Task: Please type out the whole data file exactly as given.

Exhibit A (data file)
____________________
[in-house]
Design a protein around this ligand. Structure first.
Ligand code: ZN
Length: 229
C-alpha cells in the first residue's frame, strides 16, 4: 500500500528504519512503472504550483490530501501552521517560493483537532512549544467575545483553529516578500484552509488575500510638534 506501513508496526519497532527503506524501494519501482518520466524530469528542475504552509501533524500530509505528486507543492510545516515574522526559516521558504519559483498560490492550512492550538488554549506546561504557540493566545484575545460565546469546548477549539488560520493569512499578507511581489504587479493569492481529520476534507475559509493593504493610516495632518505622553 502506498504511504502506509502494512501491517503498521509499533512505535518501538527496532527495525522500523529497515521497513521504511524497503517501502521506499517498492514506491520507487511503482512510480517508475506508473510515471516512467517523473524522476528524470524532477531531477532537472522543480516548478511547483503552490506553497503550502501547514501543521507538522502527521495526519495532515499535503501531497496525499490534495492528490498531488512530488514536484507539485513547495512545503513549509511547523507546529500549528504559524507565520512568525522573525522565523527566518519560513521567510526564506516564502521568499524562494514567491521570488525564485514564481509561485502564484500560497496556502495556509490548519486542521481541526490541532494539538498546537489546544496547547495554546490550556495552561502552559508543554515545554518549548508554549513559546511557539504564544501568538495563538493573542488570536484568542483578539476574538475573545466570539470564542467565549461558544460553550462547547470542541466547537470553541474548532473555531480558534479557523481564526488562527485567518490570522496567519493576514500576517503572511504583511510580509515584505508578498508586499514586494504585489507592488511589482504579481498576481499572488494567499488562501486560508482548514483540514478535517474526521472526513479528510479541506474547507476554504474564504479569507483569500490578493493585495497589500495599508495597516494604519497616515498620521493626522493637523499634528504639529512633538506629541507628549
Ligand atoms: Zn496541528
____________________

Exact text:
[in-house]
Design a protein around this ligand. Structure first.
Ligand code: ZN
Length: 229
C-alpha cells in the first residue's frame, strides 16, 4: 500500500528504519512503472504550483490530501501552521517560493483537532512549544467575545483553529516578500484552509488575500510638534 506501513508496526519497532527503506524501494519501482518520466524530469528542475504552509501533524500530509505528486507543492510545516515574522526559516521558504519559483498560490492550512492550538488554549506546561504557540493566545484575545460565546469546548477549539488560520493569512499578507511581489504587479493569492481529520476534507475559509493593504493610516495632518505622553 502506498504511504502506509502494512501491517503498521509499533512505535518501538527496532527495525522500523529497515521497513521504511524497503517501502521506499517498492514506491520507487511503482512510480517508475506508473510515471516512467517523473524522476528524470524532477531531477532537472522543480516548478511547483503552490506553497503550502501547514501543521507538522502527521495526519495532515499535503501531497496525499490534495492528490498531488512530488514536484507539485513547495512545503513549509511547523507546529500549528504559524507565520512568525522573525522565523527566518519560513521567510526564506516564502521568499524562494514567491521570488525564485514564481509561485502564484500560497496556502495556509490548519486542521481541526490541532494539538498546537489546544496547547495554546490550556495552561502552559508543554515545554518549548508554549513559546511557539504564544501568538495563538493573542488570536484568542483578539476574538475573545466570539470564542467565549461558544460553550462547547470542541466547537470553541474548532473555531480558534479557523481564526488562527485567518490570522496567519493576514500576517503572511504583511510580509515584505508578498508586499514586494504585489507592488511589482504579481498576481499572488494567499488562501486560508482548514483540514478535517474526521472526513479528510479541506474547507476554504474564504479569507483569500490578493493585495497589500495599508495597516494604519497616515498620521493626522493637523499634528504639529512633538506629541507628549
Ligand atoms: Zn496541528